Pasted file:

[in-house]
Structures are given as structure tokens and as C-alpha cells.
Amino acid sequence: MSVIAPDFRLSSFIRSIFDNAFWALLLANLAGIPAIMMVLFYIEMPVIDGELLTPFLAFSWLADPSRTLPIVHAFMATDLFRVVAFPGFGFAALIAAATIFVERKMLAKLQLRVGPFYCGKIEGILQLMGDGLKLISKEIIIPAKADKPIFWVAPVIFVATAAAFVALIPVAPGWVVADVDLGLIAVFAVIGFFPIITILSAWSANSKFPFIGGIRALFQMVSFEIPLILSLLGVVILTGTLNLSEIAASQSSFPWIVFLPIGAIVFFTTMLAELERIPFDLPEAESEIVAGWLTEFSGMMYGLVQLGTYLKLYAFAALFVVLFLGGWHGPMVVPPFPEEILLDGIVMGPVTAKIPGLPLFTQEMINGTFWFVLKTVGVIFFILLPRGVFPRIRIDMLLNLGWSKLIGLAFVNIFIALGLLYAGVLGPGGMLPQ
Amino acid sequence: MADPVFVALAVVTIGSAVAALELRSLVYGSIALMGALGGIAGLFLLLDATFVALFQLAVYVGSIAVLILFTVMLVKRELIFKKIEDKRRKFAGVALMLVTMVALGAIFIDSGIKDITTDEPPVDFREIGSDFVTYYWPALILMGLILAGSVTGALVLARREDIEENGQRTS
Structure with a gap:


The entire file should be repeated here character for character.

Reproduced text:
[in-house]
Structures are given as structure tokens and as C-alpha cells.
Amino acid sequence: MSVIAPDFRLSSFIRSIFDNAFWALLLANLAGIPAIMMVLFYIEMPVIDGELLTPFLAFSWLADPSRTLPIVHAFMATDLFRVVAFPGFGFAALIAAATIFVERKMLAKLQLRVGPFYCGKIEGILQLMGDGLKLISKEIIIPAKADKPIFWVAPVIFVATAAAFVALIPVAPGWVVADVDLGLIAVFAVIGFFPIITILSAWSANSKFPFIGGIRALFQMVSFEIPLILSLLGVVILTGTLNLSEIAASQSSFPWIVFLPIGAIVFFTTMLAELERIPFDLPEAESEIVAGWLTEFSGMMYGLVQLGTYLKLYAFAALFVVLFLGGWHGPMVVPPFPEEILLDGIVMGPVTAKIPGLPLFTQEMINGTFWFVLKTVGVIFFILLPRGVFPRIRIDMLLNLGWSKLIGLAFVNIFIALGLLYAGVLGPGGMLPQ
Amino acid sequence: MADPVFVALAVVTIGSAVAALELRSLVYGSIALMGALGGIAGLFLLLDATFVALFQLAVYVGSIAVLILFTVMLVKRELIFKKIEDKRRKFAGVALMLVTMVALGAIFIDSGIKDITTDEPPVDFREIGSDFVTYYWPALILMGLILAGSVTGALVLARREDIEENGQRTS
Structure with a gap: